Lokshen kugel is an extremely traditional Ashkenazi Jewish food, and it appeared on my family’s Shabbat table almost every week when I was a child. In essence, it is a sweet pudding made with noodles – lokshen in Yiddish – and it can also contain dried fruit, spice, and even a creamy custard in its dairy incarnation.
Almost every Friday of my childhood I would watch my Mum as she made the lokshen kugel. Melting the margarine, mixing in the sugar, fruit and egg, then measuring out some of the lokshen she’d cooked which was destined both for the kugel, and for the chicken soup. Mum would then put half the kugel mixture into the dish, add a layer of stewed apple or other fruit, then spread the rest of the lokshen on the top. Into the oven, and ready in time for Friday night dinner. YUM! If we were lucky we’d be allowed to have a scoop on the plate with our main course. Sounds horrible, tastes fantastic!
Anyway, a while ago I decided to make a lokshen kugel, so I phoned my Mum for advice.
I just want to make a small one, just one egg, how much lokshen should I use? I asked.
“I don’t know,” said Mum. “Maybe 2 or 3 ounces?”
Er, OK. How much sugar?
“A couple of ounces? I’m really not sure,” said Mum.
We carried on like this until she finally said, “You know I just use the recipe from Evelyn Rose, don’t you…?”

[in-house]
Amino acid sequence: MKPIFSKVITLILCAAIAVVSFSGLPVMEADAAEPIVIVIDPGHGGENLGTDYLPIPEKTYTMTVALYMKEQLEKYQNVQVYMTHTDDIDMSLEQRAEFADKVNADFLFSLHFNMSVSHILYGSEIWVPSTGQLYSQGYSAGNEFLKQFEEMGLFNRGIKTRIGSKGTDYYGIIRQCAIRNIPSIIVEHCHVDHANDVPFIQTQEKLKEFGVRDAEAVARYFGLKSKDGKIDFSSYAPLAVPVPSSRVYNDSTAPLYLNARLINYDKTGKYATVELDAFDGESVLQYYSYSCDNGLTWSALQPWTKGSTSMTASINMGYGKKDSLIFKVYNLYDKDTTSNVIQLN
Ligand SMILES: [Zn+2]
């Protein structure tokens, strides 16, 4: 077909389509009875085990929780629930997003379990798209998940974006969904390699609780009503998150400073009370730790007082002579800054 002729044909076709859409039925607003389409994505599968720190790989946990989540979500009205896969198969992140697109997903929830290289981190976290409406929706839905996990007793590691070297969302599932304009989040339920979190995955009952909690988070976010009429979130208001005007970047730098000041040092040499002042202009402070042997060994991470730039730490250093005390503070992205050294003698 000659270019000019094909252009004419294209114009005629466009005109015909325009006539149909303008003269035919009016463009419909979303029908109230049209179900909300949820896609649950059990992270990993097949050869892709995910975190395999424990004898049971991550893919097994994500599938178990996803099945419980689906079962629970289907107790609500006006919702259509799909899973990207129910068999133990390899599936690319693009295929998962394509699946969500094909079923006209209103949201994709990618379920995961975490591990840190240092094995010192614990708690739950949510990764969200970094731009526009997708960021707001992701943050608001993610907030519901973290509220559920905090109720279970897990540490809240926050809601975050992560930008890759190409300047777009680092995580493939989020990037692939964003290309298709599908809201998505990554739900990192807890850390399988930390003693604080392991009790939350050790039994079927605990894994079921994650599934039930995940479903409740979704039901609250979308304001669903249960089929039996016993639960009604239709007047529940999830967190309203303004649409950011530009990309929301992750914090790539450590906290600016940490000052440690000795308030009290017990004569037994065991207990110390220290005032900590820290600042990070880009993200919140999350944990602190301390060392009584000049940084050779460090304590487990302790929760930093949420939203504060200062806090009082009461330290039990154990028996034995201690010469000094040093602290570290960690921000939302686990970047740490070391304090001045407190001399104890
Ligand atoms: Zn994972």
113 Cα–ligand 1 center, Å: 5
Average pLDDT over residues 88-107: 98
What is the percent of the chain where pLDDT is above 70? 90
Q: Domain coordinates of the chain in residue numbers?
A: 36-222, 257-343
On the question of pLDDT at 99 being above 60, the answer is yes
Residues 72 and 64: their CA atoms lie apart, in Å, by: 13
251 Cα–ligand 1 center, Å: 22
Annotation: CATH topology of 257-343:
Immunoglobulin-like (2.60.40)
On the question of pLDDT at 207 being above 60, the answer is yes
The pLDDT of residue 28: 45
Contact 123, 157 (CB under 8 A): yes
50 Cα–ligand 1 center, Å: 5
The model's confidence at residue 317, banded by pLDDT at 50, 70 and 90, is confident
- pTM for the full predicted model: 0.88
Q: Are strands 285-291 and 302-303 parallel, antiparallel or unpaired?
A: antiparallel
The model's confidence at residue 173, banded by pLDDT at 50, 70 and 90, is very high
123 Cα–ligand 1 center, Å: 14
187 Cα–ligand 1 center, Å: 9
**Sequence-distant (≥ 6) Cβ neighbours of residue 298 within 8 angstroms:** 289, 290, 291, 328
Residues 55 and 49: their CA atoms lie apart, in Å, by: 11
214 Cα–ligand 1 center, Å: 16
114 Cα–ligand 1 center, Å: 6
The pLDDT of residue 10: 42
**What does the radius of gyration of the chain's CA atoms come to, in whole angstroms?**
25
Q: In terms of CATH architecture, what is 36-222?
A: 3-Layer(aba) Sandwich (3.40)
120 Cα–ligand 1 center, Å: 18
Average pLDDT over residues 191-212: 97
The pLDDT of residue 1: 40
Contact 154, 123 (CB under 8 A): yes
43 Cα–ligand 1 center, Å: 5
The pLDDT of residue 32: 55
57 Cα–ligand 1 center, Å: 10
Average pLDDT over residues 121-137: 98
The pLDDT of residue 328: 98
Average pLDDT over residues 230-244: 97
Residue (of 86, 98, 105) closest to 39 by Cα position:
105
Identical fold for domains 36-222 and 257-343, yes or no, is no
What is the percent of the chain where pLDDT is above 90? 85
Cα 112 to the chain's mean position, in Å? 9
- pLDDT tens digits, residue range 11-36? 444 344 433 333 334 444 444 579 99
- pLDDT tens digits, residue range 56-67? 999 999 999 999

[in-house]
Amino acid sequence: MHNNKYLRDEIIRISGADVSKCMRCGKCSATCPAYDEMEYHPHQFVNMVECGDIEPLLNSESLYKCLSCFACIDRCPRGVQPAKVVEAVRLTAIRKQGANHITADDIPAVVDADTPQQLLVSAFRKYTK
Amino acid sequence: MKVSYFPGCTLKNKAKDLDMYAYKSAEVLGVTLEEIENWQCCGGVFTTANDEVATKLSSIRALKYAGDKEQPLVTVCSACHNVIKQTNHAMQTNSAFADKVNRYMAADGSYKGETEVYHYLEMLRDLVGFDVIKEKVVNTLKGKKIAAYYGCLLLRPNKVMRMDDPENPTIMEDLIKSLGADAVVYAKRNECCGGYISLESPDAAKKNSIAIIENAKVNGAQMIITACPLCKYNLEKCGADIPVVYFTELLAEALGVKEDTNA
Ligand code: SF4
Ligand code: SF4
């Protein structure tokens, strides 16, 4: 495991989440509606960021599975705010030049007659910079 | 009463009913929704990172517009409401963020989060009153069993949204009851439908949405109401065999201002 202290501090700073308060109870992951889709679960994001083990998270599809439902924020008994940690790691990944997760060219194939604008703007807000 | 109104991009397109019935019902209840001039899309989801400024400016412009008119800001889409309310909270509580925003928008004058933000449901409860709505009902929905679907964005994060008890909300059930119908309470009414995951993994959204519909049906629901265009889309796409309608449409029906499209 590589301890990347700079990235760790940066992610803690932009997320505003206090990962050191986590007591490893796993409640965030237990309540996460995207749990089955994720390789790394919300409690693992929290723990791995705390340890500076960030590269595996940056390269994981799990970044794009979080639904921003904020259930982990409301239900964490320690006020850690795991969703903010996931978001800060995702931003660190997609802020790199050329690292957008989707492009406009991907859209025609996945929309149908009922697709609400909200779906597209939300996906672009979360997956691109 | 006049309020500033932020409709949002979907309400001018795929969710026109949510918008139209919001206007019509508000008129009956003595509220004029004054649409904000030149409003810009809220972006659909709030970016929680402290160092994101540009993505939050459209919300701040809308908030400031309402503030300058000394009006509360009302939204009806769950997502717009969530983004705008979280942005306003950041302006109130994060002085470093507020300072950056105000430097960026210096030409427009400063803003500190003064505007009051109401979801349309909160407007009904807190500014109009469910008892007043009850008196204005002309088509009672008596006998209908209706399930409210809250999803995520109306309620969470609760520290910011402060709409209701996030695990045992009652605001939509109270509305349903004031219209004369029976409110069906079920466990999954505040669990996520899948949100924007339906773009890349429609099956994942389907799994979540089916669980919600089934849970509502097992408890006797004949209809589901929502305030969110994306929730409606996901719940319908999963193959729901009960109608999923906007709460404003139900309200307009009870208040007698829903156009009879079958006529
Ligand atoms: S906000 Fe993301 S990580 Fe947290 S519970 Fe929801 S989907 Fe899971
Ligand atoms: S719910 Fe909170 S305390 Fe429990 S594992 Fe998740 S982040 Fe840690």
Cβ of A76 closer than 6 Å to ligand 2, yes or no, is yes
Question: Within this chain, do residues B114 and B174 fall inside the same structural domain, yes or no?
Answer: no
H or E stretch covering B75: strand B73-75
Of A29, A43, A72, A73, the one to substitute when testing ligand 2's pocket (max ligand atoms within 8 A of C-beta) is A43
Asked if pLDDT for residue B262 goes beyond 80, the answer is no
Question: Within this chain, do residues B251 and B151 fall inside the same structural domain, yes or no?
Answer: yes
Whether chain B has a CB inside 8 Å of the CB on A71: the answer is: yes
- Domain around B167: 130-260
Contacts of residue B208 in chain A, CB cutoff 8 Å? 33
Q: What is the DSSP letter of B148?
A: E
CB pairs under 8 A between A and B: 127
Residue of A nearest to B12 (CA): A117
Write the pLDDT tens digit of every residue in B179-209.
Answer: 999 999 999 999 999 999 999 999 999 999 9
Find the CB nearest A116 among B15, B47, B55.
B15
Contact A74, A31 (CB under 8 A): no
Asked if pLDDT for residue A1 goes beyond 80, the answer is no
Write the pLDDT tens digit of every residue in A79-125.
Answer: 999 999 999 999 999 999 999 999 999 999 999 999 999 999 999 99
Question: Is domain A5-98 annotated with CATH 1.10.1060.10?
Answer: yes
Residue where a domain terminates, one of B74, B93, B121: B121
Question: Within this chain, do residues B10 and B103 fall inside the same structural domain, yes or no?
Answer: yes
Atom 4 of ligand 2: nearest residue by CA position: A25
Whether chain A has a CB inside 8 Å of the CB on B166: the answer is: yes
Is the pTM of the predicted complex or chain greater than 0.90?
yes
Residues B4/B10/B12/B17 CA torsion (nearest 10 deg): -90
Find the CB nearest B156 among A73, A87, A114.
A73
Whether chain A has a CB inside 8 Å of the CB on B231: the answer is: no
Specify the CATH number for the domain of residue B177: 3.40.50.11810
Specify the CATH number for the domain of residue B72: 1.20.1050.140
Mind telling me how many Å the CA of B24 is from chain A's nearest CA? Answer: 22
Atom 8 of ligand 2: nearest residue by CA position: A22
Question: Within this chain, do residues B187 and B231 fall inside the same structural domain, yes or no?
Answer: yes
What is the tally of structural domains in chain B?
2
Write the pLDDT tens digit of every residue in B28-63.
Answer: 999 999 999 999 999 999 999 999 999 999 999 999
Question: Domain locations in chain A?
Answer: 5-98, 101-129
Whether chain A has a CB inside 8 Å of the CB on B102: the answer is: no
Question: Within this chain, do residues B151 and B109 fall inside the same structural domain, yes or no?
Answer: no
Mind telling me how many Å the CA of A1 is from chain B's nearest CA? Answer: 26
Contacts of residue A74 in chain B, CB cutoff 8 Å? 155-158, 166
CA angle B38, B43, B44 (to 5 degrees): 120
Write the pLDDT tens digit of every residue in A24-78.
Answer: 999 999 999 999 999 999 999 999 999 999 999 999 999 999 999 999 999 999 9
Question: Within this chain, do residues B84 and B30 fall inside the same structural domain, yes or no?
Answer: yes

All my life I’d never seen her refer to a recipe for this. She measured and mixed, week in, week out, TO HER OWN SPECIAL RECIPE! Learning that it had come out of a book, albeit one I treasure myself, was DEVASTATING.
“The fruit in the middle though, that’s me,” said Mum. “I don’t know anyone else who does that.”
Which was, I suppose, some consolation.
So, I duly pulled my trusty Evelyn Rose from the bookshelf and looked up lokshen kugel. There it was. I didn’t make it exactly like she says. Less sugar, more fruit, more spice, and my Mum’s layer of apple in the middle. It turned out just as I remember 🙂
Makes one lokshen kugel. Serves 4.
- 2 bramley apples (approx 500g)
- 130g fine lokshen
- 25g margarine
- 50g caster sugar
- 50g dried fruit - I used raisins, sultanas and dried cranberries
- 0.25 tsp mixed spice
- 1 egg
- Peel and core the apples. Cut into pieces and place in a microwavable bowl. Cover and cook on high for 4-5 minutes until they have 'fallen' into mush. (Alternatively, cook in a saucepan on the stove.)
- Cook the lokshen in boiling water according to the packet directions. Drain well.
- Preheat the oven to 180C.
- Melt the margarine and allow to cool slightly. Mix in the sugar, dried fruit and spice.
- Add the egg and mix well, then mix in the lokshen.
- Put half the lokshen mixture in the bottom of a baking dish and spread out. Spoon the apples on top and spread to level. Finally, add the remaining lokshen and spread out to cover the apple layer.
- Bake at 180C for 45minutes or until cooked through and browning on top.
- Allow to cool slightly before serving.
I’m dedicating this recipe to Jewish food historian Rabbi Gil Marks, author of (among other things) the fabulous book Olive Trees and Honey, which is an encyclopaedic collection of Jewish vegetarian recipes from around the world. It was one of the first books that really demonstrated to me the vast variety of Jewish food that exists outside my own familiar Ashekenazi tradition.
I learned recently that he is suffering from cancer, and this month’s Kosher Connection link-up is in his honour. The theme is for ‘get well’ recipes, and since this kugel is one of my most favourite comfort foods, it seemed appropriate. I hope you will also wish him Refuah Shelaimah – a speedy recovery.
PS If you’re looking for seasonal gift inspiration for your foodie friends and family, check out my gift guide.